Maharajah Duleep Singh’s magnificent silver centrepiece « My Family Silver

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Maharajah Duleep Singh’s magnificent silver centrepiece

John Culme on the subject of Uncategorized. Posted on February 20th, 2011.


the large (now presumed lost) silver centrepiece made by
R. & S. Garrard & Co
for Maharajah Duleep Singh’s dining table,
shown at the International Exhibition of 1862.
‘It has been designed to record an interesting
incident in the history of his Highness’ father…
The Maharajah, riding on an elephant, is in the act
of rising from his hondah to receive from his
Turcoman attendant a horse, the possession
of which he has coveted.’
The Art Journal Illustrated Catalogue of the
International Exhibition, London, 1862, p. 66)

‘Those eyes and those teeth are too beautiful,’ gushed Queen Victoria after meeting Duleep Singh (1838-1893), last Maharajah of the Sikh Empire. He had ascended the throne at 5, his father, Maharajah Ranjit Singh having died in 1839. Their Punjab territory was annexed to the British along with personal property, including the celebrated Koh-i-Noor diamond which, as a spoil of war, was handed to the Queen in 1850. The following year it was shown at the Great Exhibition but failed to impress because of its unsophisticated rose cut. In 1852 the stone was entrusted to the royal jewellers R. & S. Garrard & Co to supervise a re-cutting, emerging as a much smaller but infinitely more brilliant gem. It now forms part of the British Crown Jewels.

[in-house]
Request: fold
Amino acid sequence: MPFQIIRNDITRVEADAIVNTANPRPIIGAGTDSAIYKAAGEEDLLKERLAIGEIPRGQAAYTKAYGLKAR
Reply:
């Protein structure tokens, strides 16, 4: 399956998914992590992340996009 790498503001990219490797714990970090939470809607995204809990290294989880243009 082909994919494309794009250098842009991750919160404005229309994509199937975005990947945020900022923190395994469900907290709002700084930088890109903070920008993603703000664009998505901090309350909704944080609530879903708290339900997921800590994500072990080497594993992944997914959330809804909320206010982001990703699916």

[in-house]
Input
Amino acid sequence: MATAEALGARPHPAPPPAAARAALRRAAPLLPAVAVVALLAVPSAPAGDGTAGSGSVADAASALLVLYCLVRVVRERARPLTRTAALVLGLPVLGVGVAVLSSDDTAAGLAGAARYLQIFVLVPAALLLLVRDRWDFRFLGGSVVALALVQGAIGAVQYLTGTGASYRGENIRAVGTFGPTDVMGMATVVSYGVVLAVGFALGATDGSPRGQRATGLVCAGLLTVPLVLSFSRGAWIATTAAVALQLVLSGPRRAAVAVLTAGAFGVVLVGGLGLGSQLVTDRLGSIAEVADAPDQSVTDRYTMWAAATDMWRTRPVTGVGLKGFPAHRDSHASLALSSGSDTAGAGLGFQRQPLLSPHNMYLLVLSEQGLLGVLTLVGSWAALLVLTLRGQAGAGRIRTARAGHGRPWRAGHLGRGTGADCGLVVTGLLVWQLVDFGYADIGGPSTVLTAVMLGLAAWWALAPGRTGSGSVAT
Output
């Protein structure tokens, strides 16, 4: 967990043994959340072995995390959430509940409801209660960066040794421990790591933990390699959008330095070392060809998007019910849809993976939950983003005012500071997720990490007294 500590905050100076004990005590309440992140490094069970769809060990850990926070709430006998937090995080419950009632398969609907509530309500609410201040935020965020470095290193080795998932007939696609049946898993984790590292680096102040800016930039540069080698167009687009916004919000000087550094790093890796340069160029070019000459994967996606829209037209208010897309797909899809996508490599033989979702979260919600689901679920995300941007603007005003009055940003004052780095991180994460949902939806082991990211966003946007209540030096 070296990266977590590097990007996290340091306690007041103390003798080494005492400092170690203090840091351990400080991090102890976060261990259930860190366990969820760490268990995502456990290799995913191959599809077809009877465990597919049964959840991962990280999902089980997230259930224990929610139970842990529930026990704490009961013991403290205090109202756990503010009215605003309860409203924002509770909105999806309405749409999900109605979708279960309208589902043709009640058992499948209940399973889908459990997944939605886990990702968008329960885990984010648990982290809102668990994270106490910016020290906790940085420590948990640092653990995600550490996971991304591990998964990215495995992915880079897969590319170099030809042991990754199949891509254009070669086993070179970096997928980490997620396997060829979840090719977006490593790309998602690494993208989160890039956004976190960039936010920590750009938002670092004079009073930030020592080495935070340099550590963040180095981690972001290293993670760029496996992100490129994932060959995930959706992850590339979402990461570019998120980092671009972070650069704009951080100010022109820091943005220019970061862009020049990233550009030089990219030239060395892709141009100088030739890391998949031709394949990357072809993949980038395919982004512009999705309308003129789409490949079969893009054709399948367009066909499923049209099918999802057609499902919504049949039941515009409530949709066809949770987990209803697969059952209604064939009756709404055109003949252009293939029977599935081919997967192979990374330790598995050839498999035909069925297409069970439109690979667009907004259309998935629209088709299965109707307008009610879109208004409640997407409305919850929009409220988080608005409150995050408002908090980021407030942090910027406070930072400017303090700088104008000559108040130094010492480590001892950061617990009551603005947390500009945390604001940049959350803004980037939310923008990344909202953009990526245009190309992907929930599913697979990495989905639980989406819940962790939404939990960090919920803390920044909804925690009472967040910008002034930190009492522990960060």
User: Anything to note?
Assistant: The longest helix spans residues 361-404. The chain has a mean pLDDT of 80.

Although very young when he first visited London, the splendid, free-spending Duleep Singh soon became well known to the capital’s goldsmiths. In 1863 he commissioned  London & Ryder to make a gold and rock crystal bouquet-holder  with diamonds, emerald and rubies as a wedding present for Princess Alexandra of Denmark upon her marriage to the future King Edward VII. Two or three years previously he had ordered from Garrard’s a huge dining table centrepiece in silver weighing 2,000 ounces, the principal feature of which was the figure of a ceremonial elephant. This astonishing piece was shown by the firm at the International Exhibition of 1862 but was overshadowed on their stand by Queen Victoria’s much-noticed Alhambresque fountain with models of her favourite horses.

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